Rio de Janeiro – Just two years ago, Brazil enacted the much-admired Civil Framework for the internet, which established a sort of Bill of Rights for internet users and spelled out what information websites and internet service providers could release.
But now, the Civil Framework may get significant modifications – ones that would seem to be a step backward for a country facing a massive government corruption scandal.
According to Alessandro Molon, a congressman from Rio de Janeiro and one of the architects of the original law, the changes will be voted on in Congress soon, and they pose as a real "threat to the civil rights and freedom of internet users."
Some of the evidence in the ever-widening corruption scandal at state-owned oil giant, Petrobras, has been obtained from internet sources. In fact, in the last two weeks alone, the administration of the interim president, Michel Temer, has lost two cabinet members, both targets of Petrobras investigators, because of recorded conversations that were leaked online.
Planning Minister Romero Jucá was taped talking about making a “pact” to end the investigation; and, ironically, the man who became the country’s first Minister of Transparency, Fabiano Silveira, was caught discussing with other politicians how to avoid prosecution. Both men have since resigned.
If P.L. 215/2015 – as the omnibus bill, which includes five proposals introduced by various congressman, is known – is approved, politicians and others who feel they have had their "honor damaged" by someone online or in a social media post could have the objectionable content removed and require internet providers and webpage hosts to turn over the user’s information without the need of judicial authorization.
And the person responsible, if found guilty, would face up to six years in prison.
Deputy Soraya Santos, who is the author of the damaged honor portion of P.L. 215/2015, has said that the proposed changes are not intended to punish critics of politicians, but to protect people from those who publish damaging information online anonymously or under false names.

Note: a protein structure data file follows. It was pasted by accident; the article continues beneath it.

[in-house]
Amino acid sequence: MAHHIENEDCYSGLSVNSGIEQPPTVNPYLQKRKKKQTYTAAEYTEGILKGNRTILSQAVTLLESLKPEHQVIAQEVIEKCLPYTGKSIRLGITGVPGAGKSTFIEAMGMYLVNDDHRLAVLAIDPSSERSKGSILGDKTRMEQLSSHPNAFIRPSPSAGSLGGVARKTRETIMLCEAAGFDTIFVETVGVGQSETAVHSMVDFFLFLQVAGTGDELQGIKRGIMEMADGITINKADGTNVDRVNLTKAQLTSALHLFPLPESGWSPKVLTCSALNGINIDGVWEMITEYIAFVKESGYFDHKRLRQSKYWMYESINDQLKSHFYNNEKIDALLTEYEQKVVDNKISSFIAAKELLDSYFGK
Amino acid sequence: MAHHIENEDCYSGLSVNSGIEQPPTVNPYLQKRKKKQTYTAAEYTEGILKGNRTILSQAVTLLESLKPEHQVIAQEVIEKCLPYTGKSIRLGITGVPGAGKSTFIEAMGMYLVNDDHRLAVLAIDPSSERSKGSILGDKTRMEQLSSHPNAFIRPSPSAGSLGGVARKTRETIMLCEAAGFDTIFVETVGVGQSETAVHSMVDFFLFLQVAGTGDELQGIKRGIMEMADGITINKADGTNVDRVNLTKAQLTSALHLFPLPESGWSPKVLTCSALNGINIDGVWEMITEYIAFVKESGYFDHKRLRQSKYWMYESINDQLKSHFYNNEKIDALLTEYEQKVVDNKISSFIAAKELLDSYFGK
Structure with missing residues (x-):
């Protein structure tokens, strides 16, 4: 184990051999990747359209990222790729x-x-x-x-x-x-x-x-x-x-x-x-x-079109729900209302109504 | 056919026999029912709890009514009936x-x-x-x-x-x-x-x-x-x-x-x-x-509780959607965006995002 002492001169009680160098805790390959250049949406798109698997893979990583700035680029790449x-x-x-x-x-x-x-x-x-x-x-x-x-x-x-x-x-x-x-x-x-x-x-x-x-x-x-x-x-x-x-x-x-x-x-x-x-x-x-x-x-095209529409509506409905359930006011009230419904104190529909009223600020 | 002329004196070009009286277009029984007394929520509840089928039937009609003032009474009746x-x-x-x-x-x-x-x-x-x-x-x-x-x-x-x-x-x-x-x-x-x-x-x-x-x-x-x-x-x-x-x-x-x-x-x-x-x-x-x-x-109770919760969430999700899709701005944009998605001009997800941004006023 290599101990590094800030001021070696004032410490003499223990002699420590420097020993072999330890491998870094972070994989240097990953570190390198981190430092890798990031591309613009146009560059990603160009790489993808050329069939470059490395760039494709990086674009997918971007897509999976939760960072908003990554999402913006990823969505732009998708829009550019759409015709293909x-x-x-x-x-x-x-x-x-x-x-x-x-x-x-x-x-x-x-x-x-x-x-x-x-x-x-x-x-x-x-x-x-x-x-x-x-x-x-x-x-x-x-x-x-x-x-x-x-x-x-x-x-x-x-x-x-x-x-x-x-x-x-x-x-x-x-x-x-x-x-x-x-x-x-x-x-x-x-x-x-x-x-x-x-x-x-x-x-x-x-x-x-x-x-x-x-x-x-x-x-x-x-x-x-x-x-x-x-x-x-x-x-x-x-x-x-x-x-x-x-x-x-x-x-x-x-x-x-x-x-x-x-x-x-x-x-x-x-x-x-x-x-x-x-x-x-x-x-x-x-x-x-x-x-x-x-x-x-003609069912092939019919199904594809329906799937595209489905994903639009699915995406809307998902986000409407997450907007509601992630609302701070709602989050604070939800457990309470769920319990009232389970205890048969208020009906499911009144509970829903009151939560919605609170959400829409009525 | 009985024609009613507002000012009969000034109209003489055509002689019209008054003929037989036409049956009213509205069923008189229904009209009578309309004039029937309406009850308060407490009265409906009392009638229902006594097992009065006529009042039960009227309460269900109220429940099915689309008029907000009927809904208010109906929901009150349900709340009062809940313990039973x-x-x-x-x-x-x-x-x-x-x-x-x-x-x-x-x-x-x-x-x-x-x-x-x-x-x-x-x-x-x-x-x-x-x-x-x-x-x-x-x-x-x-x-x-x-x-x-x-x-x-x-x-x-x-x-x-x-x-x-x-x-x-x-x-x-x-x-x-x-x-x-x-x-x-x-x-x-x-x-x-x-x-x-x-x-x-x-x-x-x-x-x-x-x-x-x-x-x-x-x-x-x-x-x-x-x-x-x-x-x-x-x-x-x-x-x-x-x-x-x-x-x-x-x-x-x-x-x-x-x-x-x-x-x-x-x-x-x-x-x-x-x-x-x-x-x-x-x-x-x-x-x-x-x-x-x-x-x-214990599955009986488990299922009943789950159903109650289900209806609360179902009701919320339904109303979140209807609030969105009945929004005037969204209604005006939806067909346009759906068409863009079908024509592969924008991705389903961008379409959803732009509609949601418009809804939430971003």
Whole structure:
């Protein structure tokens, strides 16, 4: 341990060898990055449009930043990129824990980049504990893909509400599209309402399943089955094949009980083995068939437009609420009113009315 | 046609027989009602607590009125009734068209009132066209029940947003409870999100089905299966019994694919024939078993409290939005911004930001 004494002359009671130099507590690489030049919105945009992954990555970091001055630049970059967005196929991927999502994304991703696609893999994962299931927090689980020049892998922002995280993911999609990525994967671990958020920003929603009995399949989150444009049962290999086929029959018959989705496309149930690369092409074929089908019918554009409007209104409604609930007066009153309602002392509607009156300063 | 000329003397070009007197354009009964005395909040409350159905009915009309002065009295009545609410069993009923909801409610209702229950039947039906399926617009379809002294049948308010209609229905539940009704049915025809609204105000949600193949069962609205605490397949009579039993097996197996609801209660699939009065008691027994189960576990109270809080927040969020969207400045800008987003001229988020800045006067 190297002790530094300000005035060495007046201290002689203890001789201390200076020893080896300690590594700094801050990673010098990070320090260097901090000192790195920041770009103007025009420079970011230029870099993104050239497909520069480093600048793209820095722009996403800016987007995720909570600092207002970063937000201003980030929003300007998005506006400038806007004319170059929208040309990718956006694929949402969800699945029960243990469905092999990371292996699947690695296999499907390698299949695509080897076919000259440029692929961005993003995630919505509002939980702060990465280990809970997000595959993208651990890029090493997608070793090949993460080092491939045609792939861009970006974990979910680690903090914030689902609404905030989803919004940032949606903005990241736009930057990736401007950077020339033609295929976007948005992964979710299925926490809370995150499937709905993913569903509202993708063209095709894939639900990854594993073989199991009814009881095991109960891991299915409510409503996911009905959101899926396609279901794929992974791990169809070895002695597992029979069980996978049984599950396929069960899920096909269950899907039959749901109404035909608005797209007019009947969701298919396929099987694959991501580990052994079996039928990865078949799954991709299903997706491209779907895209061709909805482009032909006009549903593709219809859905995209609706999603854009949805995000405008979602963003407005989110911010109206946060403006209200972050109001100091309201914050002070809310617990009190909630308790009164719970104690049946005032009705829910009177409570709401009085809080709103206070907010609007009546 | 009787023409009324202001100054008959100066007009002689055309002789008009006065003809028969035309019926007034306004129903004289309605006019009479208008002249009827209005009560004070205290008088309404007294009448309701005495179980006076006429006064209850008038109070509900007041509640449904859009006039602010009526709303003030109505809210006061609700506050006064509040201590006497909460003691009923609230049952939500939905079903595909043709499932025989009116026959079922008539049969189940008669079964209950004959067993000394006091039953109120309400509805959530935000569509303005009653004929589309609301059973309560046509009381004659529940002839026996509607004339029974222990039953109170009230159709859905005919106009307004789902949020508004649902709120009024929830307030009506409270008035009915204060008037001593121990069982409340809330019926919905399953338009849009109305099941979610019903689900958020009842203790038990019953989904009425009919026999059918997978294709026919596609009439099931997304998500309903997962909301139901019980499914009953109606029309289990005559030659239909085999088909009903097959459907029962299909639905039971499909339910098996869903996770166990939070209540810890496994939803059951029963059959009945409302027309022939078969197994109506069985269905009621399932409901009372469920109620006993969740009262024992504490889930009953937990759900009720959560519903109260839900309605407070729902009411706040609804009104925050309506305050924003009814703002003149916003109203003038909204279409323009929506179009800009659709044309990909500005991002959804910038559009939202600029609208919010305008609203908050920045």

Santos is in the same political party as Temer and the suspended president of the Chamber of Deputies, Eduardo Cunha, who has been indicted for allegedly taking $40 million in bribes, tax evasion and money-laundering in the Petrobras scandal, and Carlos Affonso Souza, a professor at the State University of Rio de Janeiro, isn’t convinced by her argument.
"You don’t have to go far to see how the removal of such content can have serious restrictions on freedom of expression,” Souza told Fox News Latino, “and that could benefit some politicians. In general, Congress seems committed to put forward the notion that the internet is a den of illicit activity – a threat rather than a tool that empowers freedom of expression and access to knowledge."
Souza also pointed out that the Civil Framework is held up internationally as a model of how to regulate the rights and duties of websites and internet service providers while protecting users. He says the law has inspired, other countries to adopt new laws establishing internet rights (as in Italy) as well as the decisions of judges in landmark court cases (Argentina).
Also potentially affected would be social media platforms, which have been a hotbed of criticism toward those being investigated and have been used to mount protests in cities across the nation – adding more turmoil to a country already torn over the impeachment proceeding against the woman Temer is standing in for, President Dilma Rousseff.
The timing of a vote on P.L. 215/2015 amid the increased scrutiny and allegations demonstrates a willingness to repress content for "personal reasons," Souza told FNL. "There is a perception of the internet as a threat, and that could lead to more repression."
Carolina Torres is a freelance journalist living in Rio de Janeiro.